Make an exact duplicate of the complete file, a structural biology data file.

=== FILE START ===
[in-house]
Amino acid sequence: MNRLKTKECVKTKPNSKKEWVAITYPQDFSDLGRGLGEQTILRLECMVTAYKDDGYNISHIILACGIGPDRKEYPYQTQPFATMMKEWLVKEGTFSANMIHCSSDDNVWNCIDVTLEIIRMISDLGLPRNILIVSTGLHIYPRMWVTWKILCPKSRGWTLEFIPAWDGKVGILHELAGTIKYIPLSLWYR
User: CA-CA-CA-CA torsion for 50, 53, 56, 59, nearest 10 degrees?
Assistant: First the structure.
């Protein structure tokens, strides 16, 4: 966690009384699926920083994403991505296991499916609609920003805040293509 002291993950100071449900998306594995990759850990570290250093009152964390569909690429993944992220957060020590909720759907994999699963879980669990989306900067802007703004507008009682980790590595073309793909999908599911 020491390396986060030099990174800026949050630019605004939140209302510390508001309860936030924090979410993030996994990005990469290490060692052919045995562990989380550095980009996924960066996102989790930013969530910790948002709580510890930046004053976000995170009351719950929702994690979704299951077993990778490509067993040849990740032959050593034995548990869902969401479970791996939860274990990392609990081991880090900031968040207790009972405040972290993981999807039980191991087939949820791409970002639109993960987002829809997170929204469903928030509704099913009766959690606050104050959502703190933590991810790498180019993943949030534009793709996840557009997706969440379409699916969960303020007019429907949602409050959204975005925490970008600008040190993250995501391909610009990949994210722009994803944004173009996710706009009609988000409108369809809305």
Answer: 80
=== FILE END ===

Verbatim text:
[in-house]
Amino acid sequence: MNRLKTKECVKTKPNSKKEWVAITYPQDFSDLGRGLGEQTILRLECMVTAYKDDGYNISHIILACGIGPDRKEYPYQTQPFATMMKEWLVKEGTFSANMIHCSSDDNVWNCIDVTLEIIRMISDLGLPRNILIVSTGLHIYPRMWVTWKILCPKSRGWTLEFIPAWDGKVGILHELAGTIKYIPLSLWYR
User: CA-CA-CA-CA torsion for 50, 53, 56, 59, nearest 10 degrees?
Assistant: First the structure.
């Protein structure tokens, strides 16, 4: 966690009384699926920083994403991505296991499916609609920003805040293509 002291993950100071449900998306594995990759850990570290250093009152964390569909690429993944992220957060020590909720759907994999699963879980669990989306900067802007703004507008009682980790590595073309793909999908599911 020491390396986060030099990174800026949050630019605004939140209302510390508001309860936030924090979410993030996994990005990469290490060692052919045995562990989380550095980009996924960066996102989790930013969530910790948002709580510890930046004053976000995170009351719950929702994690979704299951077993990778490509067993040849990740032959050593034995548990869902969401479970791996939860274990990392609990081991880090900031968040207790009972405040972290993981999807039980191991087939949820791409970002639109993960987002829809997170929204469903928030509704099913009766959690606050104050959502703190933590991810790498180019993943949030534009793709996840557009997706969440379409699916969960303020007019429907949602409050959204975005925490970008600008040190993250995501391909610009990949994210722009994803944004173009996710706009009609988000409108369809809305």
Answer: 80